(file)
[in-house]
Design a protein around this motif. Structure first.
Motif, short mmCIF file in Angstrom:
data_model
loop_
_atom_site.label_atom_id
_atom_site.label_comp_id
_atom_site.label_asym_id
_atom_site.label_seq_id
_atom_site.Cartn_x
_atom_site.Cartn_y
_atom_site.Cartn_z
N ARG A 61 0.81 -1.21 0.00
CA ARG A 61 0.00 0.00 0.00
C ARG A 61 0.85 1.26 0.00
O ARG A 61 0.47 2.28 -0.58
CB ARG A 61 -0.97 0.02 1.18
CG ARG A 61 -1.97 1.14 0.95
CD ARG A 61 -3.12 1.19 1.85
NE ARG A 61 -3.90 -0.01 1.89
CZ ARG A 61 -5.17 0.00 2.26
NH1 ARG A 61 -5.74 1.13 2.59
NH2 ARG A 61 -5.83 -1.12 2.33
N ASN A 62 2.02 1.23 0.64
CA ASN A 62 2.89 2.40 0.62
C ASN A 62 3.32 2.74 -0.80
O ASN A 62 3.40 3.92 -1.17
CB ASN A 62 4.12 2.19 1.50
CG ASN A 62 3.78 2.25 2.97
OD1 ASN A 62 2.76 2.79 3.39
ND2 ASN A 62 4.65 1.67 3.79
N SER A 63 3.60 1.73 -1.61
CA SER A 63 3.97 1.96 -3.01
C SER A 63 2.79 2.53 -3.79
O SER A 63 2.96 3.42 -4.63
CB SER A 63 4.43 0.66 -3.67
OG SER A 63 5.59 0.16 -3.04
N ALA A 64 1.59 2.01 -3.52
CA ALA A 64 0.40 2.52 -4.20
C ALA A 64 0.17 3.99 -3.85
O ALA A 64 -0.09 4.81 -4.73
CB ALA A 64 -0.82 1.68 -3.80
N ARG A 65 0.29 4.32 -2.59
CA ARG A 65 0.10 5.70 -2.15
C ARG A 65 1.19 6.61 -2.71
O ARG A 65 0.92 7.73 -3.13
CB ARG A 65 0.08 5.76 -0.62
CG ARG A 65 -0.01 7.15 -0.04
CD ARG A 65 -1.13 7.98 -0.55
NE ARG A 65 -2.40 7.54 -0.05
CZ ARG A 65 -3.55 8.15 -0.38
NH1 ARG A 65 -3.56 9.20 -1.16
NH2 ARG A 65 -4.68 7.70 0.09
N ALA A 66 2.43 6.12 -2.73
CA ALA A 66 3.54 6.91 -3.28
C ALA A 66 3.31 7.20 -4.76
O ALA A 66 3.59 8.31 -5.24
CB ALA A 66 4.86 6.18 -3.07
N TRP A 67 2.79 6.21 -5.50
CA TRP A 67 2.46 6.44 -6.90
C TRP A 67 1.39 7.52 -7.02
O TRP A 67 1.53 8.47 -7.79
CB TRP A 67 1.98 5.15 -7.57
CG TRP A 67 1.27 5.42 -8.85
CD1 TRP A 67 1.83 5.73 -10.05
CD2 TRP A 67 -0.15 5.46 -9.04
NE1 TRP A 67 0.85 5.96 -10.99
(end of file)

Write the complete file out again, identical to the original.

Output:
[in-house]
Design a protein around this motif. Structure first.
Motif, short mmCIF file in Angstrom:
data_model
loop_
_atom_site.label_atom_id
_atom_site.label_comp_id
_atom_site.label_asym_id
_atom_site.label_seq_id
_atom_site.Cartn_x
_atom_site.Cartn_y
_atom_site.Cartn_z
N ARG A 61 0.81 -1.21 0.00
CA ARG A 61 0.00 0.00 0.00
C ARG A 61 0.85 1.26 0.00
O ARG A 61 0.47 2.28 -0.58
CB ARG A 61 -0.97 0.02 1.18
CG ARG A 61 -1.97 1.14 0.95
CD ARG A 61 -3.12 1.19 1.85
NE ARG A 61 -3.90 -0.01 1.89
CZ ARG A 61 -5.17 0.00 2.26
NH1 ARG A 61 -5.74 1.13 2.59
NH2 ARG A 61 -5.83 -1.12 2.33
N ASN A 62 2.02 1.23 0.64
CA ASN A 62 2.89 2.40 0.62
C ASN A 62 3.32 2.74 -0.80
O ASN A 62 3.40 3.92 -1.17
CB ASN A 62 4.12 2.19 1.50
CG ASN A 62 3.78 2.25 2.97
OD1 ASN A 62 2.76 2.79 3.39
ND2 ASN A 62 4.65 1.67 3.79
N SER A 63 3.60 1.73 -1.61
CA SER A 63 3.97 1.96 -3.01
C SER A 63 2.79 2.53 -3.79
O SER A 63 2.96 3.42 -4.63
CB SER A 63 4.43 0.66 -3.67
OG SER A 63 5.59 0.16 -3.04
N ALA A 64 1.59 2.01 -3.52
CA ALA A 64 0.40 2.52 -4.20
C ALA A 64 0.17 3.99 -3.85
O ALA A 64 -0.09 4.81 -4.73
CB ALA A 64 -0.82 1.68 -3.80
N ARG A 65 0.29 4.32 -2.59
CA ARG A 65 0.10 5.70 -2.15
C ARG A 65 1.19 6.61 -2.71
O ARG A 65 0.92 7.73 -3.13
CB ARG A 65 0.08 5.76 -0.62
CG ARG A 65 -0.01 7.15 -0.04
CD ARG A 65 -1.13 7.98 -0.55
NE ARG A 65 -2.40 7.54 -0.05
CZ ARG A 65 -3.55 8.15 -0.38
NH1 ARG A 65 -3.56 9.20 -1.16
NH2 ARG A 65 -4.68 7.70 0.09
N ALA A 66 2.43 6.12 -2.73
CA ALA A 66 3.54 6.91 -3.28
C ALA A 66 3.31 7.20 -4.76
O ALA A 66 3.59 8.31 -5.24
CB ALA A 66 4.86 6.18 -3.07
N TRP A 67 2.79 6.21 -5.50
CA TRP A 67 2.46 6.44 -6.90
C TRP A 67 1.39 7.52 -7.02
O TRP A 67 1.53 8.47 -7.79
CB TRP A 67 1.98 5.15 -7.57
CG TRP A 67 1.27 5.42 -8.85
CD1 TRP A 67 1.83 5.73 -10.05
CD2 TRP A 67 -0.15 5.46 -9.04
NE1 TRP A 67 0.85 5.96 -10.99